Putting out

Posted on 16 Jun 2010 by The Manufacturer

With production figures showing manufacturing output up and growth of close to 5%, confidence is starting to return to the sector, says EEF’s Steve Radley. Now, for government to make good on those promises...

In the run up to the election, politicians of all shades talked about rebalancing the economy with a manufacturing playing a greater role. And EEF has been highly vocal in setting out what a new government should do to achieve this. But the latest evidence suggests that manufacturing is already starting to mount its own recovery.

For example, the production figures for March show manufacturing output up by 1.2% in the latest three months on the previous three – equivalent to annualised growth of close to 5%. And a range of business surveys, including EEF’s, suggest that this is set to continue, with order books at home and particularly abroad rising. Of course, there’s still a lot of ground to make up with manufacturing output remaining 10% below where it was in 2007, but the trends are encouraging.

A number of factors are driving this improvement: in particular, the pick-up in world markets and the competitiveness of the pound, though some of this has been unwound by recent weakness in the euro. But largely overlooked has been the big improvement in efficiency manufacturers made in the recession that leaves them well placed to take advantage of the recovery.

Going round the country, I have heard countless accounts of companies that are now profitable despite the collapse in their markets in the previous two years. As output starts to expand, this should show up in the productivity figures.

The big question is whether this can be sustained, and there are certainly a lot of uncertainties out there. For example, manufacturers’ major market – Europe – narrowly averted a major crisis over the public finances in Greece and a number of other economies. So far, it looks at though the action taken by the ECB, the IMF and by EU member states has staved off a Lehman’s-type crisis, but the situation is likely to remain volatile and it will force a range of economies to speed up action to cut their deficits, which may depress growth in the short-term. The good news, though, is that many other global markets remain vibrant and UK manufacturers have got better at tapping into them. Fiscal tightening at home will also weigh on our economy in the short-term, highlighting the importance of developing markets abroad.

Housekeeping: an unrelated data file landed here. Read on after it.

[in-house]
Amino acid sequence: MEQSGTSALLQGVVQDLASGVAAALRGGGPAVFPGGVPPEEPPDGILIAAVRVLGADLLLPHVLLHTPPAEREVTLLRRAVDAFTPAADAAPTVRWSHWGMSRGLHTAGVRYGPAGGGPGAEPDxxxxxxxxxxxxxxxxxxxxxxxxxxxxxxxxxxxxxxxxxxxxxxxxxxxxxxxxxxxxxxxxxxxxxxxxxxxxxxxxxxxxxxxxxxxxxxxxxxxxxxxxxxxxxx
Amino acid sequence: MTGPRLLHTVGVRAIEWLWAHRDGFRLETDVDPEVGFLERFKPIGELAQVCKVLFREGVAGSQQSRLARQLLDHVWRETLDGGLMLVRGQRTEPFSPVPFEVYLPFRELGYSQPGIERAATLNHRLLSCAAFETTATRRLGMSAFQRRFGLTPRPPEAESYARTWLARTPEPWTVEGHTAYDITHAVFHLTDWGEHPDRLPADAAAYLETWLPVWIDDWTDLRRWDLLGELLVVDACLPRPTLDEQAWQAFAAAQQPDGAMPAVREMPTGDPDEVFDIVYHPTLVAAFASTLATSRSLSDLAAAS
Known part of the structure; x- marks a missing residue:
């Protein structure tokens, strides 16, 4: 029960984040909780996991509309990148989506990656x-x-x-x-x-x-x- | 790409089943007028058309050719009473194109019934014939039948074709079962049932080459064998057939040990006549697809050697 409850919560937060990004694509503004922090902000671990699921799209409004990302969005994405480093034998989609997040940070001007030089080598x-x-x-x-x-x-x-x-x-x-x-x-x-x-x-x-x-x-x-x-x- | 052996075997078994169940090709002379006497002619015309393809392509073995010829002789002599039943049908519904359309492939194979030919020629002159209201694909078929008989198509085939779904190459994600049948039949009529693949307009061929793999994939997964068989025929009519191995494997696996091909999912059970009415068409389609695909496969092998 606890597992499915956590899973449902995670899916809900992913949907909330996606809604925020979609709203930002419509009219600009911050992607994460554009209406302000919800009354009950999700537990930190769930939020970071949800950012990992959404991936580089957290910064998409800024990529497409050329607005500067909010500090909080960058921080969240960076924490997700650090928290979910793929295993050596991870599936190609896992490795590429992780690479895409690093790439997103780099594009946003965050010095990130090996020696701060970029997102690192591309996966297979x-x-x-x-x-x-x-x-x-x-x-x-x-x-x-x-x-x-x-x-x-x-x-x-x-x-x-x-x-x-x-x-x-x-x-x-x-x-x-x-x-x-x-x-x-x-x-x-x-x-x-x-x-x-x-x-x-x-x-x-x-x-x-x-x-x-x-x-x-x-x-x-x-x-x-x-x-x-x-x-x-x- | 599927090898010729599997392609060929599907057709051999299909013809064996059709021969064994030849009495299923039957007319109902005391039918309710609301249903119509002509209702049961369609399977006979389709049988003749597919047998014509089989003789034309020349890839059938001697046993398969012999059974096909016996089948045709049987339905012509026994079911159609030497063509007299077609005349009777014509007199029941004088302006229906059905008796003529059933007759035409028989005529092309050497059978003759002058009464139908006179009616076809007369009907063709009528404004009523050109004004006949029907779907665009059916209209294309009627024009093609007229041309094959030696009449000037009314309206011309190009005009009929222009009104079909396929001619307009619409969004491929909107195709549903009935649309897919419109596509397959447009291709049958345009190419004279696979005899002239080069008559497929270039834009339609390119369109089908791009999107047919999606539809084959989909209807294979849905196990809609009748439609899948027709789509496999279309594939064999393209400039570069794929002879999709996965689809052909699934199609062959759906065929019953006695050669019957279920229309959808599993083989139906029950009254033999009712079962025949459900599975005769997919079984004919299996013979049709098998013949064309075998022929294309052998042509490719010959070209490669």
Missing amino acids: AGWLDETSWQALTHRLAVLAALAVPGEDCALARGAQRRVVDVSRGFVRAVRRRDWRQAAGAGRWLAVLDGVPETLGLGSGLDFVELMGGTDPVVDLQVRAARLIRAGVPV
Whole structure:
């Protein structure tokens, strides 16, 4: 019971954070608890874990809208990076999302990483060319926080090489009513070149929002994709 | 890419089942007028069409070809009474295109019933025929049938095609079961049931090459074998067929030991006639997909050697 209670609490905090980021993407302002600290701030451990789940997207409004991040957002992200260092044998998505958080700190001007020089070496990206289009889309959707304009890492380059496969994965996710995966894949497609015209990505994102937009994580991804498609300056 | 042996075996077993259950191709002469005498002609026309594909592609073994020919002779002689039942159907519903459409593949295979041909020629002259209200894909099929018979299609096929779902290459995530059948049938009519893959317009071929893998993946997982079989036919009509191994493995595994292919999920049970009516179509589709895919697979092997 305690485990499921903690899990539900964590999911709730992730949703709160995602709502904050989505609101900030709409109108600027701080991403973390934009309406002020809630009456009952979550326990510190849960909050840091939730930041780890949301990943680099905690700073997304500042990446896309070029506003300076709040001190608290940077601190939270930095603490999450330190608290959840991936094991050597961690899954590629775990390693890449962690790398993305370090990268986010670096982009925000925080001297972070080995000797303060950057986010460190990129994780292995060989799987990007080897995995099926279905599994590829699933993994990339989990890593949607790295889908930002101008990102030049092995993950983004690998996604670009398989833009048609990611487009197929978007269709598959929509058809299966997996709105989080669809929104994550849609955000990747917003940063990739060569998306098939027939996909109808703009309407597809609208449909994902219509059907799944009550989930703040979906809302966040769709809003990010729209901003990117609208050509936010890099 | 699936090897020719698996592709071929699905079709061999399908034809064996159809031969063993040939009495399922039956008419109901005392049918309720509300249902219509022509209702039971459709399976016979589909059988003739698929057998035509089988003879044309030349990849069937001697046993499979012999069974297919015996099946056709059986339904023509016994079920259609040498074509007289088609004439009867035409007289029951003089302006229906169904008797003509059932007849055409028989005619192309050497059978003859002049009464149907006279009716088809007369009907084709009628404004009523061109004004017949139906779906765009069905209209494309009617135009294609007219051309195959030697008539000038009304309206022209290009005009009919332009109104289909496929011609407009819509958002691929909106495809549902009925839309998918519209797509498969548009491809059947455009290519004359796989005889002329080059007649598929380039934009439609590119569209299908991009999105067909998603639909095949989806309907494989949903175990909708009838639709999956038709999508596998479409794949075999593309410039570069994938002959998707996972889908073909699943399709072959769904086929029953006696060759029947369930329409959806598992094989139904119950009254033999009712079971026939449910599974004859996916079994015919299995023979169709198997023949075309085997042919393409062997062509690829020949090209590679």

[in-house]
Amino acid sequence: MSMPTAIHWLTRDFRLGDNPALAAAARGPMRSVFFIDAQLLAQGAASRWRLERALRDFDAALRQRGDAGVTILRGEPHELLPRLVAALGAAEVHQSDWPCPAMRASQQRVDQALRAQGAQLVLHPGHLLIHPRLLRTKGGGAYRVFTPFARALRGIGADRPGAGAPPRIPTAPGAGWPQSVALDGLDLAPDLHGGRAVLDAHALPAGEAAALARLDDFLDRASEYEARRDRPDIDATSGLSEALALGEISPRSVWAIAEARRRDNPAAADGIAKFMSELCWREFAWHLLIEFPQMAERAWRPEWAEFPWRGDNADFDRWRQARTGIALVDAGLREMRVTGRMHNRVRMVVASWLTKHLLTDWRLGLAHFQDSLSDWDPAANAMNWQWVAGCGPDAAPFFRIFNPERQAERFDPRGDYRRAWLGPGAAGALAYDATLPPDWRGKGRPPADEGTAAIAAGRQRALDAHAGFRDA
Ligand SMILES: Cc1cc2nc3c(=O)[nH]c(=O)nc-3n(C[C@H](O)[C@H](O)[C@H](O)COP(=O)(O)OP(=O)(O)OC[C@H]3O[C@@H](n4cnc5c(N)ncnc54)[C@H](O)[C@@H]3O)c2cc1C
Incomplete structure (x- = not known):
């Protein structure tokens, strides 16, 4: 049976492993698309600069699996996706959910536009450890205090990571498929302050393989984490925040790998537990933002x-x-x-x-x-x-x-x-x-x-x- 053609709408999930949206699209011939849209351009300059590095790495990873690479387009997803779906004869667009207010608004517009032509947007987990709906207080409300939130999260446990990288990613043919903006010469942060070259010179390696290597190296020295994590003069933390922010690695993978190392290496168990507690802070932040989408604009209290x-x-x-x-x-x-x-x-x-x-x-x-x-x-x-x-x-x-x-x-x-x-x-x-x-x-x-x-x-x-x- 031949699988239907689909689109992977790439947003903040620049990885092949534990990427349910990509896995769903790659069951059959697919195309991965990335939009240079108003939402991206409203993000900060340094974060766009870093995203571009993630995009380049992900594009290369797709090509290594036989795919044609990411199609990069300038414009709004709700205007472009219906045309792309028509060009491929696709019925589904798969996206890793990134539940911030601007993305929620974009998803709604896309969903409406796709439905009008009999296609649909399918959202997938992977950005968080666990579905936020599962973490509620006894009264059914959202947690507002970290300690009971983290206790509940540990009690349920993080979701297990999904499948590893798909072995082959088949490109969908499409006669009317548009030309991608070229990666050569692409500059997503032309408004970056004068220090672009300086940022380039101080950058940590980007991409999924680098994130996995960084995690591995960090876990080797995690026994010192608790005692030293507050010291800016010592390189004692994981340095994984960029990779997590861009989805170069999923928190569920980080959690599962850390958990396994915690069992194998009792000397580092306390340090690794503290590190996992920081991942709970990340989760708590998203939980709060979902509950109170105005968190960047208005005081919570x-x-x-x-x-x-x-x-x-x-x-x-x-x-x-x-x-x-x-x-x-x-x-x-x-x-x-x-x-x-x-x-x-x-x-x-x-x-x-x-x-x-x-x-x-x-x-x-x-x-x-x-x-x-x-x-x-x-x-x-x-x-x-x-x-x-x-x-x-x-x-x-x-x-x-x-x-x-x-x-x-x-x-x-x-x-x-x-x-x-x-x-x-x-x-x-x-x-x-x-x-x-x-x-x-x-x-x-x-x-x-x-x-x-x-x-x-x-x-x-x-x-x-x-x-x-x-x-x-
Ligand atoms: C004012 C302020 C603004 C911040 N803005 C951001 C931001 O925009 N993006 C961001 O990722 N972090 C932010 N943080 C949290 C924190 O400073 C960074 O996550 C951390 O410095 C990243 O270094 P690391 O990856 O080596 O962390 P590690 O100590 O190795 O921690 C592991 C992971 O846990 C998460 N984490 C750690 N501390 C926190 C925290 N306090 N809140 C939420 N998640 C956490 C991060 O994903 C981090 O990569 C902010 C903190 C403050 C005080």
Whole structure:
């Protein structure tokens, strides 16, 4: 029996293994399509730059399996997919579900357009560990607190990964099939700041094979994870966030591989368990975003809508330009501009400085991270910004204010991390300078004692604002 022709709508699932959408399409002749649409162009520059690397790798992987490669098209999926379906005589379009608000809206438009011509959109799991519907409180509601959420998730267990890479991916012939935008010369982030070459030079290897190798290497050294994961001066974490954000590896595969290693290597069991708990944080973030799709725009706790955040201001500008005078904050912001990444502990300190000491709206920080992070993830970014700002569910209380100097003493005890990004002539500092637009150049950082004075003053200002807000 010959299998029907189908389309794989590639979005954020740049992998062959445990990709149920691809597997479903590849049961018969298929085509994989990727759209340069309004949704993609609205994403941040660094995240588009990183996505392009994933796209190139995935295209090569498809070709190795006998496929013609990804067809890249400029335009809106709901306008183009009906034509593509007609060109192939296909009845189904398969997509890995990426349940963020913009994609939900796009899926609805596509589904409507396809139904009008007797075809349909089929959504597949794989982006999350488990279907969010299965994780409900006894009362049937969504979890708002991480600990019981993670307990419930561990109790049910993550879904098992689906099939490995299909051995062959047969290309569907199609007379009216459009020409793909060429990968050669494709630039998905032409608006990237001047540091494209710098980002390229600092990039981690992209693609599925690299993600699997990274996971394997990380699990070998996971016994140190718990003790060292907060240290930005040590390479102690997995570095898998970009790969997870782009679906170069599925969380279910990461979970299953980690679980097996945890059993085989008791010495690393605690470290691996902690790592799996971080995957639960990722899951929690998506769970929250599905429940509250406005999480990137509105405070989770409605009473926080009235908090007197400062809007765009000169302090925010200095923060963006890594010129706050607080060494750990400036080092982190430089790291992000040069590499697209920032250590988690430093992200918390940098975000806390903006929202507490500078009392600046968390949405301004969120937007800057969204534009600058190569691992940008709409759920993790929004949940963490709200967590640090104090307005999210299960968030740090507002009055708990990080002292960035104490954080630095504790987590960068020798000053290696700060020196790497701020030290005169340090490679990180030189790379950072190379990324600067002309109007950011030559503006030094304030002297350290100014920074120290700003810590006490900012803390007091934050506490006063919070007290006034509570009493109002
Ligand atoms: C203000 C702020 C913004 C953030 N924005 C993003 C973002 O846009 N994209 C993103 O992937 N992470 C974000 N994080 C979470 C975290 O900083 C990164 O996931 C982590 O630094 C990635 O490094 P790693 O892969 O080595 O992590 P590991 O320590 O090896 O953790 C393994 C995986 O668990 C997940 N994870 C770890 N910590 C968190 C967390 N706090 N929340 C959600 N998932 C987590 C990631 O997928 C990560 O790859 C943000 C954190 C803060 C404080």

Another danger is inflation, which is some way above the Bank of England’s target and would lead to higher interest rates if the overshoot persists. Though we shouldn’t be complacent about inflation, much of its recent rise has been due to one-off factors and it should start falling again soon. Also encouraging is the fact that manufacturers are reporting a significant rise in pay deals, though pay pressures will prove harder to resist if inflation remains high. Perhaps more worrying is the rise in commodity prices and concerns over shortages of metals and other essential raw materials.

A combination of higher costs and the need to place larger order to secure supplies will place some manufacturers under cashflow pressure, particularly if their own order books remain short. If this continues it could increase the need for working capital, but so far the evidence is that demand for this has remain fairly muted and EEF’s latest survey suggest that the recent improvement in credit conditions has held firm.

One of the traditional constraints on recovery is skill shortages. With firms telling us that they are starting to hire again, this is likely to be a growing concern. However, the actions companies have taken to minimise job losses should mean that fewer of them are held back by skill shortages.

Nonetheless, it is vital that government supports industry by continuing to invest in apprenticeships and ensuring companies can access the right training.

Despite all these uncertainties, it feels that confidence is starting to return and this is reflected in improving investment intentions. And it is here that the government can help by sending out the right signals in this month’s Budget that it will support manufacturers looking to invest and drive their business forward.

Steve Radley, director of policy